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Last updated: October 06, 2017

Clipper Cutting 101

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Image courtesy of TONI&GUY


As barbering techniques explode in popularity, it’s more important than ever to integrate clippers into your tool kit in order to provide clients with a full range of options. Not feeling comfortable with clippers? Here are some basics from Wahl Director of Education Laura VanderMoere:


“Clippers boil down to three elements,” Laura explains. “The motors, the blades and the Taper Lever. The more powerful the motor, the more hair the clipper can cut at one time without bogging down. Blades can be standard or surgical; two-hole or three-hole; with attachment


combs of various lengths. There is a cutting blade and a fixed blade. The Taper Lever controls the amount of hair that is cut, which is essential for blending. An open lever (pushed down) means that the cutting blade is farther from the tip of the fixed blade, so the hair feeds through more loosely and slowly, and the cutting result is similar to what you would get with a wide-tooth comb. If the Taper Lever is closed (pulled up), the moving blade is closer to the tip of the fixed blade. The hair will cut on contact and the result will be a blunter, more precise cut.”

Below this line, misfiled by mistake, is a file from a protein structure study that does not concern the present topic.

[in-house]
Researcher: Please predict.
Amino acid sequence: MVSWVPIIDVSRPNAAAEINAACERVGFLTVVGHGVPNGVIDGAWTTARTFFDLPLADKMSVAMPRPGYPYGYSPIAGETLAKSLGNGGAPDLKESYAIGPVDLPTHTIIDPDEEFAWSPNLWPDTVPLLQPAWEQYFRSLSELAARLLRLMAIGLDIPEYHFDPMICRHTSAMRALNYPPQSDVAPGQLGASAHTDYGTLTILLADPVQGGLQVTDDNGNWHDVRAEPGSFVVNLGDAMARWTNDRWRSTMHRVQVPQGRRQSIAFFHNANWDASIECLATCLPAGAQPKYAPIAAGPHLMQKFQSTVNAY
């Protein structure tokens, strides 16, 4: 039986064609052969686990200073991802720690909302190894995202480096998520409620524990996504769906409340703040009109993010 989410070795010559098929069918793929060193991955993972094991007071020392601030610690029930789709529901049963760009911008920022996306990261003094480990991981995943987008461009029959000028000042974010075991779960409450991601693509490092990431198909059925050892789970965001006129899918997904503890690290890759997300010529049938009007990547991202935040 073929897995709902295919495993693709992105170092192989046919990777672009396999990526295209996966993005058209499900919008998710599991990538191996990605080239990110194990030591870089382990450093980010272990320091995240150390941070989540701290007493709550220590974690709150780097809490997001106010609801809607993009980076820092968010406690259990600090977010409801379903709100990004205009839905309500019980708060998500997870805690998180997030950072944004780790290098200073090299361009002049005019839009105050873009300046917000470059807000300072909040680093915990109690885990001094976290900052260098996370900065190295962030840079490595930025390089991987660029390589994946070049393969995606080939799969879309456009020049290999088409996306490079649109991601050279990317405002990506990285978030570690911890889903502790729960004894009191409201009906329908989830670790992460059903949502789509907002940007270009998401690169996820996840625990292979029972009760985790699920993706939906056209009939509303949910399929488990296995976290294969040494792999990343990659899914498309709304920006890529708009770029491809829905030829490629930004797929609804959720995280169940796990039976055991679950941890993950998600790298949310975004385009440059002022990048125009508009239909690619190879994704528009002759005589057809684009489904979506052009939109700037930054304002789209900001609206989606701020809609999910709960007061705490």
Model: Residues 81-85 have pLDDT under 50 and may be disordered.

To increase your comfort level with clippers, start by getting it in your hands, suggests Laura. Turn it on and off. Get accustomed to the weight and feel. Play with the Taper Lever. (If it’s too heavy, consider a “mini” clipper like the Wahl Pro Pilot or Wahl Sterling Nugget—they’re two-thirds the size of a standard clipper with full power and full-sized blades). Hold it in your fingertips, and tip your wrist as if you’re drinking a bottle of water—that’s how clippers are held for techniques like tapering and fading. Snap the attachment combs on and off. When you’re ready, start by using it for simple techniques like cleaning up a neckline. The goal is to achieve that “Zen” moment when you’re thinking about your haircut rather than about the tool in your hand!”

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Laura VanderMoere